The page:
A quick spruce up job from the scrappy, where I got a set of bottle top alloys, a pair of matching headrests, and a Blaupunkt radio cassette from a 5 series they had in made it look instantly better. Though I forgot to buy the plastic bits with holes in that also had to replace the blanking plugs currently in the top of the seats. So I had to go back to that scrappy again, and they stung me for these bits. Plus a bit of scrapyard raiding when I took it on holiday to Scotland yielded another black boot lid (a de-badged one at that) with a small colour coded spoiler, some front fogs, and a couple of genuine OEM speakers for the rear.
     
    I also got lucky in that scrappy and found an M Sport gearknob in a crashed 6 series, that screwed right on in seconds.
     
    With all that on it, a good clean up, some plush carpet mats, and a decent advert in Autotrader it sold no bother for a tidy profit.
     
    It drove exactly the same as it ever did, but now it looked like it could have been a 325i or something. I mentioned all the extras I'd fitted in the advert, and got plenty of interest.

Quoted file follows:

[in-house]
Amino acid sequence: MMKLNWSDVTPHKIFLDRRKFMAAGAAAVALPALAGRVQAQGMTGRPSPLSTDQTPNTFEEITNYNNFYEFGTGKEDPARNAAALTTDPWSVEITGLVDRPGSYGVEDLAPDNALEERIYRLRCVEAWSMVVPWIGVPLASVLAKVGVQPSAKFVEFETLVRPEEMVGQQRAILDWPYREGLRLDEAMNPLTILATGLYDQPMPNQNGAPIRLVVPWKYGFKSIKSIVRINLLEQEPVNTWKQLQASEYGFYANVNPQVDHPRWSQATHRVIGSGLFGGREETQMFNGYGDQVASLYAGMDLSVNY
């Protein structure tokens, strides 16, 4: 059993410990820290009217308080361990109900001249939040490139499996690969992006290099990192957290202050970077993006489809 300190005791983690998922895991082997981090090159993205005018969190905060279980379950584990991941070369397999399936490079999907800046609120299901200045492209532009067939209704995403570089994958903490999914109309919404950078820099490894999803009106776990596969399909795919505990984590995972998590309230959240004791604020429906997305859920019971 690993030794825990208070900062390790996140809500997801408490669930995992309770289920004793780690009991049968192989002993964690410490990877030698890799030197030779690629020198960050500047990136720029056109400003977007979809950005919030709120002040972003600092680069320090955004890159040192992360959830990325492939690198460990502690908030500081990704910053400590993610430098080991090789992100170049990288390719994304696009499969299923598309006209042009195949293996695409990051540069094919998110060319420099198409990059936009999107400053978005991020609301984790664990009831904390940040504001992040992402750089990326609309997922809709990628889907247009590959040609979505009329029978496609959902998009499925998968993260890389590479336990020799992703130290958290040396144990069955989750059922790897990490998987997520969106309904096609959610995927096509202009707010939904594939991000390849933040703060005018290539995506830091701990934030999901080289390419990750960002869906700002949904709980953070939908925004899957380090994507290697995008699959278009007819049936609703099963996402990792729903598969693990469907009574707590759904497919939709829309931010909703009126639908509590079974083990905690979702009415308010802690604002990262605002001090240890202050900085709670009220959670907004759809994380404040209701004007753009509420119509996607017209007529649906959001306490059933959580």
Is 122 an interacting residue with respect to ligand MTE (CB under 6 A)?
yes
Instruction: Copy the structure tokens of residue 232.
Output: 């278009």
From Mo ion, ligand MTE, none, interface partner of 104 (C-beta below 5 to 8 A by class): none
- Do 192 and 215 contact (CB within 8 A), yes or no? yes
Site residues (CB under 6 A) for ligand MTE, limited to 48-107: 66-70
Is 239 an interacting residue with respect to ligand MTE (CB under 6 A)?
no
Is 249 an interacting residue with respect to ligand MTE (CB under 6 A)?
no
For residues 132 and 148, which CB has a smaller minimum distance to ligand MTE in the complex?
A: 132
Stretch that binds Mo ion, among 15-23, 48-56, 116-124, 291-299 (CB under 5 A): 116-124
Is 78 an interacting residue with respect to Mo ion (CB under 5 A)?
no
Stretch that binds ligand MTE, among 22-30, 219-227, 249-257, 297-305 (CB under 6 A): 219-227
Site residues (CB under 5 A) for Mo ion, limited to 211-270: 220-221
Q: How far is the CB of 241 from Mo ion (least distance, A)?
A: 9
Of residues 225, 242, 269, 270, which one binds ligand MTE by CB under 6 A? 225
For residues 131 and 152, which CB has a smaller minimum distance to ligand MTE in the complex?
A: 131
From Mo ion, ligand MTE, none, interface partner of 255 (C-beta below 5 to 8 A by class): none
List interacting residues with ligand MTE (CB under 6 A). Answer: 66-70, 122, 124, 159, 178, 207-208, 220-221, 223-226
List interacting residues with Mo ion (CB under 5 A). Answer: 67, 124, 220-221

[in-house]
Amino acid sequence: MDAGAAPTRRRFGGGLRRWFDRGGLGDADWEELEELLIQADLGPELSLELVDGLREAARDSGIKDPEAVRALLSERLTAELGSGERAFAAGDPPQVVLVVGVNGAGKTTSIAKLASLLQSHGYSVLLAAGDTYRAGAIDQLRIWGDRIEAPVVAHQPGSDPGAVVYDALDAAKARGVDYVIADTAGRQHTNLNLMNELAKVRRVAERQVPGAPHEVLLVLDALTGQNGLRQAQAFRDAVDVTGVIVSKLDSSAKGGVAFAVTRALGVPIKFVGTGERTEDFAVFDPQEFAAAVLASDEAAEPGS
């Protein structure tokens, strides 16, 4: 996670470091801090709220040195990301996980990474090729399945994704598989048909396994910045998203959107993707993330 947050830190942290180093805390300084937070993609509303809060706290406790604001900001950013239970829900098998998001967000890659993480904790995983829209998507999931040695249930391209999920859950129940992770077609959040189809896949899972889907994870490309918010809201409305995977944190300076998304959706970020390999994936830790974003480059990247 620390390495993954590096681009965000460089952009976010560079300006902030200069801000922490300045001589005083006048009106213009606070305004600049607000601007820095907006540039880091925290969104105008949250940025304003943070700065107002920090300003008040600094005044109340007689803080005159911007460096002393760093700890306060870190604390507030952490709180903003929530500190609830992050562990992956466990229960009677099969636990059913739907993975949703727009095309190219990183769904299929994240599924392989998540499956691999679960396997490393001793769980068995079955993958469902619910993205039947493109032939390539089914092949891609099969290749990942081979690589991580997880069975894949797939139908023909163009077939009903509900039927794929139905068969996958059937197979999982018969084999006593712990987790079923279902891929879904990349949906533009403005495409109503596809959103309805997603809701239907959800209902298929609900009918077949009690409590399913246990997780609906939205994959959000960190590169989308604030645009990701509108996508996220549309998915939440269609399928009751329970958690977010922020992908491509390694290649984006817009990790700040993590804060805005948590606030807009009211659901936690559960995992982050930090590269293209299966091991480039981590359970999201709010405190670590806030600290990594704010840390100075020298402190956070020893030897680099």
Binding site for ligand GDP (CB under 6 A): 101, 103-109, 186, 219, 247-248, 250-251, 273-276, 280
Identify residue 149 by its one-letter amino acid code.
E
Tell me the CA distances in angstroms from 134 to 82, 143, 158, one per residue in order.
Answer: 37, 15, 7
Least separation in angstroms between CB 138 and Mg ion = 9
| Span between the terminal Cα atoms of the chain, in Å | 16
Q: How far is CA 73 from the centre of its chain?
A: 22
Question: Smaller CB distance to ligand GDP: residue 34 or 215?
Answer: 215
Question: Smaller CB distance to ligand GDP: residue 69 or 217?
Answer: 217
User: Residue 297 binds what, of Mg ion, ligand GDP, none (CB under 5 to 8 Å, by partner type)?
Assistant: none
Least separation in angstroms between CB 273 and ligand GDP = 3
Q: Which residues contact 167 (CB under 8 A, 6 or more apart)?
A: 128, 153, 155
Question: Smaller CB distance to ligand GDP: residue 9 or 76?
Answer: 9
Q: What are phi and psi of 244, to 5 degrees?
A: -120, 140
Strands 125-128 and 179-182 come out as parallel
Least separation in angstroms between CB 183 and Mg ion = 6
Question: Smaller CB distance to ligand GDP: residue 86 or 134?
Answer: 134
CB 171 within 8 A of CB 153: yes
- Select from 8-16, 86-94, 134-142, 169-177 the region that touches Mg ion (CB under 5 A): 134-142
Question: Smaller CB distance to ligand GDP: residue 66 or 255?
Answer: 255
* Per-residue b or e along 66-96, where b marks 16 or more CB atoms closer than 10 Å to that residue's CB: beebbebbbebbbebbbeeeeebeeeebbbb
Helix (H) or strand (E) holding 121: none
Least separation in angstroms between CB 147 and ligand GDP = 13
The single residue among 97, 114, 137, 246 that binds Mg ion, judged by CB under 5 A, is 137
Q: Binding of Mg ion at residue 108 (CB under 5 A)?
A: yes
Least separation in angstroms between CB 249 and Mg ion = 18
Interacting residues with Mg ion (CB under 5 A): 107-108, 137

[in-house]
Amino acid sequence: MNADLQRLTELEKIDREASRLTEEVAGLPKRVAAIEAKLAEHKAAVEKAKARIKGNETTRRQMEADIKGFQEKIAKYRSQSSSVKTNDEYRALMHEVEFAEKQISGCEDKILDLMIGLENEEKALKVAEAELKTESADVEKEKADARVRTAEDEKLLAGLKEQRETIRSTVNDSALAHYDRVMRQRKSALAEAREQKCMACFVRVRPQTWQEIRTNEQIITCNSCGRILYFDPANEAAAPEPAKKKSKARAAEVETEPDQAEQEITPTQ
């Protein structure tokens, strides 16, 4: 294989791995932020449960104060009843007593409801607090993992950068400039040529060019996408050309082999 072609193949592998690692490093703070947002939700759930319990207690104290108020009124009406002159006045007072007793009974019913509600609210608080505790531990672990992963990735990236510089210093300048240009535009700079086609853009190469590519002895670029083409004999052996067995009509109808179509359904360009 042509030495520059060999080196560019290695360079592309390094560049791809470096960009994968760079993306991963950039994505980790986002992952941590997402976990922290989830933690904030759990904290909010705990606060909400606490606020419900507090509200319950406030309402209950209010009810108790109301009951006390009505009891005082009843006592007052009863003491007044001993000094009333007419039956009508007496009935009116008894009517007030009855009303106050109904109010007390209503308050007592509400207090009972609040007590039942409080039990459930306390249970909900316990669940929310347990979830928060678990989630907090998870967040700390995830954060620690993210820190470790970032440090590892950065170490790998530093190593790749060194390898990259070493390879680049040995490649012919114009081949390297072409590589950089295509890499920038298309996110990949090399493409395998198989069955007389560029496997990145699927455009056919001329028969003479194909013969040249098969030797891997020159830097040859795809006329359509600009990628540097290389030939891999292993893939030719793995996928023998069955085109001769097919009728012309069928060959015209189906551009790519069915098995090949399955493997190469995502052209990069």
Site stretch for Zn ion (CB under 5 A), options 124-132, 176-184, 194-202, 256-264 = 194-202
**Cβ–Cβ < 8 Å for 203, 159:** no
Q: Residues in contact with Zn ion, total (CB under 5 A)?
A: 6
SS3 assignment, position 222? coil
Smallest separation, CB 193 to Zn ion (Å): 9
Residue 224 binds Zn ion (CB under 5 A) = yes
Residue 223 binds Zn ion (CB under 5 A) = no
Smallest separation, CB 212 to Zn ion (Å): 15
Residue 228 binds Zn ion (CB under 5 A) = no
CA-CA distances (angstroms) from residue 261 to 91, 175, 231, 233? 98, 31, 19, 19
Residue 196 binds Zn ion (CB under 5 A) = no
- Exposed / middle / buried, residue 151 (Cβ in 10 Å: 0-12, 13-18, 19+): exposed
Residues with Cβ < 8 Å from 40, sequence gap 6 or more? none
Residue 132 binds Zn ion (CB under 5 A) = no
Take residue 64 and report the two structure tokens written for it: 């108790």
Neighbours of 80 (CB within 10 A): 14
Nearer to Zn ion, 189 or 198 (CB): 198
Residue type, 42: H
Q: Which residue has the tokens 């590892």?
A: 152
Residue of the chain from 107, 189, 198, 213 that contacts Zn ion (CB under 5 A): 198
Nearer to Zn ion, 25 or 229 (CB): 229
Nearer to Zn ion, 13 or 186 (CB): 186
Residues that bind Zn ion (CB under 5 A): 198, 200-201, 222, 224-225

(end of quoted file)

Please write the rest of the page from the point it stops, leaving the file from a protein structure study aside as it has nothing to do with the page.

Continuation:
The neighbour I bought it off even considered buying it back off me, given how smart it looked. Though he knew what I'd paid him, so offered me less than others did.
     
    So from base spec in looks to top spec, and no bother selling it once that was done.
     
    Mind you, this was in '99. Those looking to impress their neighbours now would just go and get a brand new 325i on PCP or something.
  16. Like
    Formula Autos got a reaction from binhoker668 in No such thing as a cheap car   
    You're going to have to find something very unfashionable in order for it to be in good shape at that price.
     
    Saloons are a happy hunting ground, as if there's a choice (and there always is with mass produced cars at this price) people will always try to gravitate towards hatches or estates. If you just need something to park your arse in and get it from point A to point B, then a saloon is no problem, and actually likely to be a quieter (and thus more pleasant) form of motoring.